Why Learn Mandarin Chinese
The sheer size of China commands attention. It is the world’s third-largest country and is home to 1.3 billion people, or one-fifth of the globe’s population. It is the world’s second-biggest economy after the United States and a major geopolitical player on the world stage.
Mandarin is currently spoken by nearly one-fifth of the world’s population. Mandarin speakers can be found in Mainland China, Taiwan, and diasporic Chinese communities throughout Southeast Asia, North and South America, and Europe. Because China is of one of the five permanent members of the United Nations Security Council, Chinese is also an official UN language (along with Arabic, English, French, Russian, and Spanish).
Learning Chinese opens up a unique window into one of the world’s richest and most ancient civilizations. As soon as you begin studying the Chinese language, you begin learning about Chinese history, cultural values, philosophical and religious beliefs, and aesthetic traditions. And the more proficient you become, the more you will be able to appreciate and understand China’s past and present.
A Unique Skill
Chinese, for all its growing importance, still remains a rare language skill among Americans. In 2013, just over 60,000 American college students enrolled in a Chinese language program. In committing to study Chinese, you can look forward to being equipped with a still uncommon and highly valued second language skill.
Graduates with proficiency in Mandarin are well positioned for jobs in business, diplomacy, engineering, science, law, philosophy, political science, technology, finance, tourism, translation, teaching, and much, more.
In fact, a seminal study of languages in the U.S. jobs market found that Chinese is not only the most-requested language after Spanish by employers, but the language that has experienced the greatest growth in demand. Between 2010 and 2015, the number of job postings requiring Chinese language skills increased by 230 percent! In addition to working in a cross-border capacity, people who speak Chinese can support companies, nonprofits, and government agencies that market to and serve Chinese-speaking communities right here at home.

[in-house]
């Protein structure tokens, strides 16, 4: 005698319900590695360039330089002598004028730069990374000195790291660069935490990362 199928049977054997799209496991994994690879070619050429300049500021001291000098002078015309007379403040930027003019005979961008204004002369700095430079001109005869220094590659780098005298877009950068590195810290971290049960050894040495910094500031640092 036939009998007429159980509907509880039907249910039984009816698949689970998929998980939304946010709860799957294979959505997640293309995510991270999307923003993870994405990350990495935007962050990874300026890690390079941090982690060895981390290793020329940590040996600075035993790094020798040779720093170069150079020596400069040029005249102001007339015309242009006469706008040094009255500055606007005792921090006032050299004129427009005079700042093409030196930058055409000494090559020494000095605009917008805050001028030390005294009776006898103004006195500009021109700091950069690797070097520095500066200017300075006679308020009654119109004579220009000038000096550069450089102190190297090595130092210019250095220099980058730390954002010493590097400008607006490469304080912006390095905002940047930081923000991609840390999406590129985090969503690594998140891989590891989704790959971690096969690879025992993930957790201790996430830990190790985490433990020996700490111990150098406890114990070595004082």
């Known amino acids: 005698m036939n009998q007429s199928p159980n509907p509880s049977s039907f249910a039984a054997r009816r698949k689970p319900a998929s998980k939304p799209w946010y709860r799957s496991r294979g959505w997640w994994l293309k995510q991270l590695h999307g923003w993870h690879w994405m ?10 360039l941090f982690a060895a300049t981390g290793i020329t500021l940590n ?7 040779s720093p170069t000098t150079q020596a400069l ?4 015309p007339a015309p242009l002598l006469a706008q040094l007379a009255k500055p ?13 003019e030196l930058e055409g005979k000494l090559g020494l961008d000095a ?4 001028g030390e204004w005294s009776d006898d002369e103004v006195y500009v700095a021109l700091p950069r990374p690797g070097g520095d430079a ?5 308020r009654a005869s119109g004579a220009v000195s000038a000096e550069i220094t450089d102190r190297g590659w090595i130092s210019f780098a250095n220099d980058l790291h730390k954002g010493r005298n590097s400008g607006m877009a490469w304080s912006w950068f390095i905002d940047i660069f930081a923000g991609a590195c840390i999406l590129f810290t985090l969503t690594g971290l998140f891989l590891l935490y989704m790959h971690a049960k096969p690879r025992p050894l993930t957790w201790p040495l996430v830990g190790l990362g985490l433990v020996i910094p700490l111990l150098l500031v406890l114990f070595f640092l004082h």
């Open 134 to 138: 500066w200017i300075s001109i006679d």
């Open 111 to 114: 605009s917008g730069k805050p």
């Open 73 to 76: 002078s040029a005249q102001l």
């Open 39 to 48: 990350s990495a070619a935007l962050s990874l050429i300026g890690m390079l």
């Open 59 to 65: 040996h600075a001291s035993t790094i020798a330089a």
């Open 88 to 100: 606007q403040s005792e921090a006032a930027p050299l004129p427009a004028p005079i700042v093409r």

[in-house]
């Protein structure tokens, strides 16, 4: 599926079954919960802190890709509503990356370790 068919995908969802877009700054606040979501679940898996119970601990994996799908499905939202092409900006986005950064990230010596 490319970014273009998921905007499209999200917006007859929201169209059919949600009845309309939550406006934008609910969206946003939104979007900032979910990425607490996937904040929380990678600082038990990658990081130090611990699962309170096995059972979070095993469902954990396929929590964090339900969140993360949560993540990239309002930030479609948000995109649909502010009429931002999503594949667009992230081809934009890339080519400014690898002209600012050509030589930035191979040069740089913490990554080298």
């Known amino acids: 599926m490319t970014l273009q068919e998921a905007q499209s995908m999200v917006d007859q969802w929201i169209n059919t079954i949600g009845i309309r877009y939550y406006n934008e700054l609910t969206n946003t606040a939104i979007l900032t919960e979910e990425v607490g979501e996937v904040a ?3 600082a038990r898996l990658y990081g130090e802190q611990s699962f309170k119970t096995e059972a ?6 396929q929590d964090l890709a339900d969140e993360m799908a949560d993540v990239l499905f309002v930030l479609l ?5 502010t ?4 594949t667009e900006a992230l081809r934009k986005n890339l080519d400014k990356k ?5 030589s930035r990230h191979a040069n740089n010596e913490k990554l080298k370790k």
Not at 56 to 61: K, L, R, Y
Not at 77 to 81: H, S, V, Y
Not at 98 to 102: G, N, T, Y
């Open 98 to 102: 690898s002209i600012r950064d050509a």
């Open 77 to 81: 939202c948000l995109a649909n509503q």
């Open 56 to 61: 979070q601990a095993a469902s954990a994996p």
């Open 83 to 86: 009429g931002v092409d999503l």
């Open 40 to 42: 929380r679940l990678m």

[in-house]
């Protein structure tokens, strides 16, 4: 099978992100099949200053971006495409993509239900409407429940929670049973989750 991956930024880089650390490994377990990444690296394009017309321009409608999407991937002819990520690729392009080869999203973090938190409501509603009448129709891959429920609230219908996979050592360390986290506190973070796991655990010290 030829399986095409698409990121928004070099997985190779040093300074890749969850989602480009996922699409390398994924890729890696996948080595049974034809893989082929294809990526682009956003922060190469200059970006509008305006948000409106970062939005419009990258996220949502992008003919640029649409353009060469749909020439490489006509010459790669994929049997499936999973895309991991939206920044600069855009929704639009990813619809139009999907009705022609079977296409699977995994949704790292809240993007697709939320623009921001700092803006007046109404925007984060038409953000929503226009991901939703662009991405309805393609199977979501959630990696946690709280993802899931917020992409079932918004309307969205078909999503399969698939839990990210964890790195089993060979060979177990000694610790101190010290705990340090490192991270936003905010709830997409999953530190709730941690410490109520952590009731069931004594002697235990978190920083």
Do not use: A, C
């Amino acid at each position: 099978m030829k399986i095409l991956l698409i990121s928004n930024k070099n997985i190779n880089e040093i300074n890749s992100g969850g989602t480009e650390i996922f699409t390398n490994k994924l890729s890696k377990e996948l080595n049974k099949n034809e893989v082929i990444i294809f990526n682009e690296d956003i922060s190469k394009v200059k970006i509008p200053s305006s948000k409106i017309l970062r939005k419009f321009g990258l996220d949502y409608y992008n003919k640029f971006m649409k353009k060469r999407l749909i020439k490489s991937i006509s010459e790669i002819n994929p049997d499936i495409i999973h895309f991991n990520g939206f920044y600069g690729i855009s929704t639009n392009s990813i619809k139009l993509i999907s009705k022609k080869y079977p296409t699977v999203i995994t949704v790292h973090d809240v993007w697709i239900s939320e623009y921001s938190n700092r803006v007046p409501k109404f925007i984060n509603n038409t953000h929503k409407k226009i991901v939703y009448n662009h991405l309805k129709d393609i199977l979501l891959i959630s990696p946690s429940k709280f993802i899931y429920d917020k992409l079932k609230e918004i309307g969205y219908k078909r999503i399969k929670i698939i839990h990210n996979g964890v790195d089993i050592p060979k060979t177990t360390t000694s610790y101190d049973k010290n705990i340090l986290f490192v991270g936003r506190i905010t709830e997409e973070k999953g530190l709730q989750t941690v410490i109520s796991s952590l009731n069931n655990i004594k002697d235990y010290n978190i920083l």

The United States has a significant Chinese-speaking population: approximately 3 million U.S. residents speak Chinese at home, almost two-thirds of which have limited English proficiency.
Uncle Sam Wants You
Like other non-Western languages that are deemed critical to U.S. national security, Chinese has been designated a Critical Needs Language. Numerous U.S. government agencies such as the Department of Defense, the Department of State, the NSA, USAID, Department of Commerce, and FBI actively seek employees proficient in Chinese for a wide range of jobs. Some of these agencies provide scholarships for students pursuing Chinese language studies as well as pay incentives for employees who bring Chinese skills to their job.
Adapted from John Carroll University, Chinese Studies Program
Mandarin Scholarships and Grants
Chinese Government Scholarships provide international students with funding to support both language study and degree programs at 279 Chinese universities.
Run by the U.S. Department of State, the CLS Program is a fully funded overseas summer immersion program promoting the study of critical languages, including Chinese.
Administered by IIE, Freeman-ASIA Scholarships provide need-based funding to U.S. college students for study abroad experiences in East or Southeast Asia.
The Ministry offers multiple scholarships to encourage international students to study abroad in Taiwan.
National Security Language Initiative for Youth (NSLI-Y) Program (+ high school)
Sponsored by the U.S. Department of State, the NSLI-Y Program offers high-school students and recent graduates merit-based scholarships for overseas immersion opportunities to study less commonly taught languages, including Mandarin.
SGS provide funding for international students to complete undergraduate and graduate studies at a variety of Shanghai universities.
U.S. undergraduates act as student ambassadors to Taiwan during TUSA’s 8-week language immersion experience.
Looking for a Mandarin Program?
While initially developed to report language enrollment figures, the MLA database provides a comprehensive listing of postsecondary language programs, allowing you to refine your results by language, geographic area, and/or type of institution. The data is based on MLA’s 2013 survey.
To Get Started:
- Select your language(s), up to eight
- Narrow your search, as desired, and click “search now”
- Expand your findings to reveal specific schools offering programs in your language by clicking on the small triangles on your results page